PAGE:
Thus, families become repositories of exercising the functions of society and sustaining the power relations endorsed by it. The toys that girls are given, the way girls are encouraged to dress up and be like their mothers, the way they are told to be docile and submissive are all part of this socialisation. And hence, differentiation of gender also becomes differentiation of power and the principle of stratification and hierarchy in our society continues.
With this theory of socialisation at the back of one’s mind, the import of what Ram Singh, driver of the bus aboard which the December 16, 2012 gang rape took place, said about the incident is easily understandable. He categorically mentioned that it was the defiance of the victim that angered him the most. How dare she fight back, speak back and stand up to them? The deeply ingrained patriarchal mindset would automatically switch on the punishment button. And what is the biggest punishment for the females of our species? It is to shame her through sexual violation.
Violence against women surges whenever the patriarchal status quo or the traditional mode is challenged. It strikes with a severe backlash to kick women back in the space ordained by patriarchy for her. That is why it is important to understand that there is clear-cut power dynamics related with the very concept of rape.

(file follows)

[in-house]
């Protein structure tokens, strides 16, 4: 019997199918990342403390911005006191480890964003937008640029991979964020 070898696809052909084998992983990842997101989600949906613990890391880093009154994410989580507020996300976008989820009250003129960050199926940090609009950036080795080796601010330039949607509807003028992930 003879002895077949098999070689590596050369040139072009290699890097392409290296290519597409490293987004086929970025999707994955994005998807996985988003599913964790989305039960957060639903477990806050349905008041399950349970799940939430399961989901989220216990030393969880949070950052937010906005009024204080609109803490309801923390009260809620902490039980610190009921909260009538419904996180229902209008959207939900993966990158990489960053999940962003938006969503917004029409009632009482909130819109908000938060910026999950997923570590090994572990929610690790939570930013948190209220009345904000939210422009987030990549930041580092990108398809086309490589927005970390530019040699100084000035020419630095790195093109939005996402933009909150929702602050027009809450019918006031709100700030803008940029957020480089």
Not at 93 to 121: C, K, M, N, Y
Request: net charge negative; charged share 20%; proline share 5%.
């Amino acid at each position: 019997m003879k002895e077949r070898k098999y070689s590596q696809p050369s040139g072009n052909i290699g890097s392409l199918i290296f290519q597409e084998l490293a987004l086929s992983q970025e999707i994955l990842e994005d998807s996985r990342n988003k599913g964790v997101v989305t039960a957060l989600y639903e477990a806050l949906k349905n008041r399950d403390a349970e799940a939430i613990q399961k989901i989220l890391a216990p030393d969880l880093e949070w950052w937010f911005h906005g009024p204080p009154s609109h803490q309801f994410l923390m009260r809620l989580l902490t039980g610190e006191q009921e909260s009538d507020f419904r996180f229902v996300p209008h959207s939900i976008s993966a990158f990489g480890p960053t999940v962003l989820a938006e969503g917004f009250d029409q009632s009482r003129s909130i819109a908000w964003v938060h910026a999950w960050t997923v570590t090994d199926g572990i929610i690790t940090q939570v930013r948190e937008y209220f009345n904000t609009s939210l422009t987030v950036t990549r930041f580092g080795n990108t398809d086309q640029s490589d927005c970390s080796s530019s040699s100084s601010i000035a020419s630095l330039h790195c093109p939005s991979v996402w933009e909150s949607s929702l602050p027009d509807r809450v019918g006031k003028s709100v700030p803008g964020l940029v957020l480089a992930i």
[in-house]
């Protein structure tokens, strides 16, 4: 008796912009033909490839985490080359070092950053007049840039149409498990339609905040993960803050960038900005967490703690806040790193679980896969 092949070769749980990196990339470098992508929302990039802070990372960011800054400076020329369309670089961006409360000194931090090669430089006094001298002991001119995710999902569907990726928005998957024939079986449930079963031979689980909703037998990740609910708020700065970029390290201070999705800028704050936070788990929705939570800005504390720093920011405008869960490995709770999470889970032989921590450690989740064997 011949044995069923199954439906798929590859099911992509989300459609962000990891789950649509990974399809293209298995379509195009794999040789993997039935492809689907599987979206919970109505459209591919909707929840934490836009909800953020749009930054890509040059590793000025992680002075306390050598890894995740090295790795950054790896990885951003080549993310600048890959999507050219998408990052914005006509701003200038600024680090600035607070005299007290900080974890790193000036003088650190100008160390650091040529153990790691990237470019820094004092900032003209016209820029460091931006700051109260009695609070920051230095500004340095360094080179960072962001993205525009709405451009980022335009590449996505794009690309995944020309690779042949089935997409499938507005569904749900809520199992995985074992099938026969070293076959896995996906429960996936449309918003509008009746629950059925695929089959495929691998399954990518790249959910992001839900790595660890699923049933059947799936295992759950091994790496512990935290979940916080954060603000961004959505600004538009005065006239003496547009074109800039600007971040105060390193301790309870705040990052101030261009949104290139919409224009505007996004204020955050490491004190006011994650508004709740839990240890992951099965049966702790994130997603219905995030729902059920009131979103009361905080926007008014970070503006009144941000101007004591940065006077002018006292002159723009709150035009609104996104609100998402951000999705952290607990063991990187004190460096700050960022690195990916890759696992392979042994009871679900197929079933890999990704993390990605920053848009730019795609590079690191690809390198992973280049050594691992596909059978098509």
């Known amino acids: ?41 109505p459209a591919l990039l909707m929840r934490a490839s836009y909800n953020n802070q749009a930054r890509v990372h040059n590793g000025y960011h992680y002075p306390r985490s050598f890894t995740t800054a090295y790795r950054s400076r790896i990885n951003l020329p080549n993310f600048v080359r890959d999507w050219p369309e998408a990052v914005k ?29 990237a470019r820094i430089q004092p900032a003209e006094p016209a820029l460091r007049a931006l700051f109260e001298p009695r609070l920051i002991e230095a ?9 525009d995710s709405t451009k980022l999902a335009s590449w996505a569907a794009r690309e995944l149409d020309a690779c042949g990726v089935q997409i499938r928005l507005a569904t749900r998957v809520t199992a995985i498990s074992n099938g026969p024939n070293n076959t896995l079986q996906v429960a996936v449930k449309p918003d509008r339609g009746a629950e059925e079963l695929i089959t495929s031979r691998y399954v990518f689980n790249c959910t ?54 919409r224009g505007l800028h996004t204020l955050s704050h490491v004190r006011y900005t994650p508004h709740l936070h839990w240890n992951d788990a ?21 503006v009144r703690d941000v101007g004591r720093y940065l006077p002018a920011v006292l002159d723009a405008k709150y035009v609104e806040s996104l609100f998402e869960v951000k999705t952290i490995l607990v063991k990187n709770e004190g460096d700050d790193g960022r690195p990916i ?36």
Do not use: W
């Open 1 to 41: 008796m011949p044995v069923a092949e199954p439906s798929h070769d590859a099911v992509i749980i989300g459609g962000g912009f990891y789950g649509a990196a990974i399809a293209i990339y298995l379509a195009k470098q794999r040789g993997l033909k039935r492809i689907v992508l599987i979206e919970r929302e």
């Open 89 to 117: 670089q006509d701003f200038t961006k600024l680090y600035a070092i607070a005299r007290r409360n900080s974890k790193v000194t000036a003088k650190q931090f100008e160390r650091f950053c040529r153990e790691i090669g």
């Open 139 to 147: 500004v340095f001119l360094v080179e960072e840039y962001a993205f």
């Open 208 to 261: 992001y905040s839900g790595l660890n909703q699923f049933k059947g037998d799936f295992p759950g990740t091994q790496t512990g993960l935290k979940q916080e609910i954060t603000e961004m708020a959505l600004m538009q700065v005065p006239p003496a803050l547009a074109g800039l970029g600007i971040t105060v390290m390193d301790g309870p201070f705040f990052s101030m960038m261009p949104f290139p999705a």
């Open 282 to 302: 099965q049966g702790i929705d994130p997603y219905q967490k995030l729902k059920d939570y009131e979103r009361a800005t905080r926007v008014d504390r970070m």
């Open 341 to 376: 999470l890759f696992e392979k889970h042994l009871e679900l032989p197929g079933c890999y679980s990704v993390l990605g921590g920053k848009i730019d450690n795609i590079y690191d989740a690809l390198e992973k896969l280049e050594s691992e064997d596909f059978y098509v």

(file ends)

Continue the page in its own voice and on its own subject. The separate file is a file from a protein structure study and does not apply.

A lot of debate ensued whether the rapists are perverted, mentally sick individuals or it is about proving who the boss is. The important factor in the crime of rape is that it is all-pervasive, and is done across class, caste, region, religion, cultures and countries. It is not just the sexual desire or lust but the will to subjugate and dominate the victim that leads to rape. It is an explicit manifestation of the power relations entrenched in our social fabric.
If gender justice ever breaks free of the shackles of being a fragile myth and if equality of women ever becomes an achievable goal, then home should be the starting point. Everything can’t be left to the state. After all, the ideal situation would not be when every girl/woman is accompanied/watched/protected by a police officer. The ideal society would be the one in which even without the fear of an administrative watchdog, men wholeheartedly want women to live and move around with as much freedom and liberty without unsolicited invasion on their integrity as they themselves do.
Such a change cannot be ordered through statutory laws; it has to evolve from the social fabric, from families, from individuals. We have to stop believing that this deplorable social condition, this family set-up is deterministic and inevitable.
Only when parents make their sons realise the importance of respecting the other sex and treating it on a par, when society stands up to support rape victims and ostracise the assaulters, when the social order, stratified by gender roles, stops seeing women as belonging only to the domestic realm, when men willingly share with women the public domain where one gets remuneration, property, power and control, will this battle be holistically won.
(The writer is Assistant Professor, Department of English, Lakshmi Bai College, Delhi University, and former president, Delhi University Students’ Union. Email: firstname.lastname@example.org)